By the way, as an ink used for an ink jet printer, there is a radiation curable ink that is cured by receiving radiation such as ultraviolet rays (UV) and electron beams (EB). The radiation curable ink is composed of, for example, a coloring material, a polymerizable monomer or oligomer, and a photopolymerization initiator, a photopolymerization accelerator, or the like that promotes a crosslinking reaction or polymerization reaction of the monomer or oligomer by a photocatalytic reaction. It is cured by a crosslinking reaction or a polymerization reaction by irradiation with radiation.

  In such an ink jet printer system for recording with radiation curable ink, all the solvent components are cured, so that the printed portion on the recording medium rises in a convex shape, and the printed matter is recorded with a relief feeling (step difference feeling). Since it is fixed on the medium, there is a problem depending on the use of the printed matter.

  On the other hand, an ink jet recording apparatus that uses radiation curable ink is known to adjust the thickness of ink droplets deposited on a recording medium to improve printing quality and storage performance. (For example, refer patent document 1 etc.).

This is a recording apparatus that combines an inkjet recording apparatus using radiation curable ink that records variable information and an image forming apparatus of another type that records fixed information. As a method for adjusting the thickness, polishing, pressurization, heating, or ink thickness control by an auxiliary exposure machine is used.
JP 2003-136697 A

  However, the one described in Patent Document 1 has the following problems. That is, first, the target image recording apparatus is limited to a recording apparatus that combines recording by an inkjet recording apparatus and another type of image forming apparatus.

  In addition, when the method of adjusting the thickness of the ink droplets ejected by the ink jet recording apparatus is a method by polishing, the necessary color material is also removed, so there is a possibility that the print density may be lowered. There is also a problem that the image becomes dirty due to the generation of powder.

  In addition, when the ink droplet thickness is adjusted by pressurization, the ink dot diameter, line width, and the like are widened, causing a problem in that the density and resolution are lowered. In addition, when the ink droplet thickness is adjusted by heating, the ink dot diameter, line width, and the like are similarly increased, which causes a problem of causing a decrease in density and resolution.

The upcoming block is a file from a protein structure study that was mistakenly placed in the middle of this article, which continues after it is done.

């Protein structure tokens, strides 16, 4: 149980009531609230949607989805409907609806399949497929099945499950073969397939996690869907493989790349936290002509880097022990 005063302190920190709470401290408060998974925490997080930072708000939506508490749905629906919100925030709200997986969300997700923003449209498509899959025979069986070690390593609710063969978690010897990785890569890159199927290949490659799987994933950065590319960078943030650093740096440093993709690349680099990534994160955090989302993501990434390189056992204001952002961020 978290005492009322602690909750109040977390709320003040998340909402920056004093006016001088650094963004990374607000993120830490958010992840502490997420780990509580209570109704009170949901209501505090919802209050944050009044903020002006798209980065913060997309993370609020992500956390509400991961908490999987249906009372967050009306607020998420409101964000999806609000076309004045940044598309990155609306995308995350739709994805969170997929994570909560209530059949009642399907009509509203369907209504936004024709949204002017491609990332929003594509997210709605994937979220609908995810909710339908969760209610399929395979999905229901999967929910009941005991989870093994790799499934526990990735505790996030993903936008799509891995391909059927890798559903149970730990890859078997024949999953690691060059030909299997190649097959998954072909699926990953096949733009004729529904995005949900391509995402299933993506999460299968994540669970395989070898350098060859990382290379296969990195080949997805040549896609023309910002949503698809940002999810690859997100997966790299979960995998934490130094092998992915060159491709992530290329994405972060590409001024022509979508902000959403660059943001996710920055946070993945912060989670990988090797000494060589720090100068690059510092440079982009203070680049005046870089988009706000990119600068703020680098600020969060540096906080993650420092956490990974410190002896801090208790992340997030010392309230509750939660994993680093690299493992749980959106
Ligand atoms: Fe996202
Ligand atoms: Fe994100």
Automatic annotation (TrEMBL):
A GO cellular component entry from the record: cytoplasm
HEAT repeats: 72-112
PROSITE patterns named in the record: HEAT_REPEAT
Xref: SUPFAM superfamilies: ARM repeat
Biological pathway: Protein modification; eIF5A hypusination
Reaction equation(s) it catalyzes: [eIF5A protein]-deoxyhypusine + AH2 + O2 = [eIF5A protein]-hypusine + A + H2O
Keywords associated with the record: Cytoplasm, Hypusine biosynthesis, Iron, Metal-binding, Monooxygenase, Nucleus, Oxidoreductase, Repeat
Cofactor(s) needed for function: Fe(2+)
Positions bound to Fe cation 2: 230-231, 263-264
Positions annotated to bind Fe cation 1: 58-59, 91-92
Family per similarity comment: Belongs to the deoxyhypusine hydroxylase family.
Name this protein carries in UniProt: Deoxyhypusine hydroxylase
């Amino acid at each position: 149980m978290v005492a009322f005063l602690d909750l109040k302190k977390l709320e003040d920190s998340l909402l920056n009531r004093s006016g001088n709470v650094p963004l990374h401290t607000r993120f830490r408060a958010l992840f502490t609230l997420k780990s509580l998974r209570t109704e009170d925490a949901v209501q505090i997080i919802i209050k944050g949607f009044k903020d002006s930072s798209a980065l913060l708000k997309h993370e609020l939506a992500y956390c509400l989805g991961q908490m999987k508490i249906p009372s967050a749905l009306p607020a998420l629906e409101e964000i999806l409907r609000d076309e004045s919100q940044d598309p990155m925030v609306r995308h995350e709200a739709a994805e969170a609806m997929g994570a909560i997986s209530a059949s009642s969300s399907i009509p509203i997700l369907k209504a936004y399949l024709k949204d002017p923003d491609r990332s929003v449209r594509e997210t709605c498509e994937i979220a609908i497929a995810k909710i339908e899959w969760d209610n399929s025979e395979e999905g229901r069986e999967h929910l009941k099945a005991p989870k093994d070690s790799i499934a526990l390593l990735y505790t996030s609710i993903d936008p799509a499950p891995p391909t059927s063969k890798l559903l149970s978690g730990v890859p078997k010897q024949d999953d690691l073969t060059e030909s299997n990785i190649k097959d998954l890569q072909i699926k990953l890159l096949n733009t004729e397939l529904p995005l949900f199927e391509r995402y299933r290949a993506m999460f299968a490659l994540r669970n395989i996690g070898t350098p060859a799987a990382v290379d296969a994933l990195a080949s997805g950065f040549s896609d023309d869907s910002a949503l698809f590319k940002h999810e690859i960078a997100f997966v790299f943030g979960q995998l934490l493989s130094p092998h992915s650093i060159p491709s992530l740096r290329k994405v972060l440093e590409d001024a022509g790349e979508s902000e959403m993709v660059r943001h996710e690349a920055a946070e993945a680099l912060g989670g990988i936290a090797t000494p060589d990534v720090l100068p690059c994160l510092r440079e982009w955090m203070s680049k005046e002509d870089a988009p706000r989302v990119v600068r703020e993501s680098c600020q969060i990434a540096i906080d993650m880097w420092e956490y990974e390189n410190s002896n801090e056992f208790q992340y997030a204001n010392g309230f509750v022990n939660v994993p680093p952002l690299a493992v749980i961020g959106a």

Furthermore, the method of adjusting the ink droplet thickness with the auxiliary exposure machine is to increase the ink thickness to match the fixed information section, and is used for the purpose of reducing the ink thickness and eliminating the convex shape of the ink droplet and flattening it. Can not.

  The present invention has been made in view of such circumstances, and in an ink jet printer system using radiation curable ink, the thickness of ink deposited on a recording medium is flattened to eliminate a relief feeling. An object of the present invention is to provide an image forming apparatus and an image forming method.

In order to achieve the above object, the invention according to claim 1 is directed to an ink discharge means for discharging radiation curable ink as an ink droplet onto a recording medium, and an ink droplet discharged onto the recording medium. The color material component and the solvent component are separated by a two-liquid reaction between the ink and a treatment liquid that mixes with the ink to form an aggregate of the color material, and the separated solvent component is separated from the outer periphery of the roller. Solvent removal means for removing the ink by absorbing it with a porous roller having a porous member formed on the surface, and the porous roller so as to be movable up and down with respect to the recording medium on which the ink droplets have been ejected. A porous roller moving mechanism configured such that no auxiliary roller is disposed below the recording medium at the position where the porous roller is disposed so that the recording medium is bent by the pressing force of the porous roller. , To provide an image forming apparatus, characterized in that it and a curing means for curing by irradiation with radiation to ink droplets after removing the solvent components.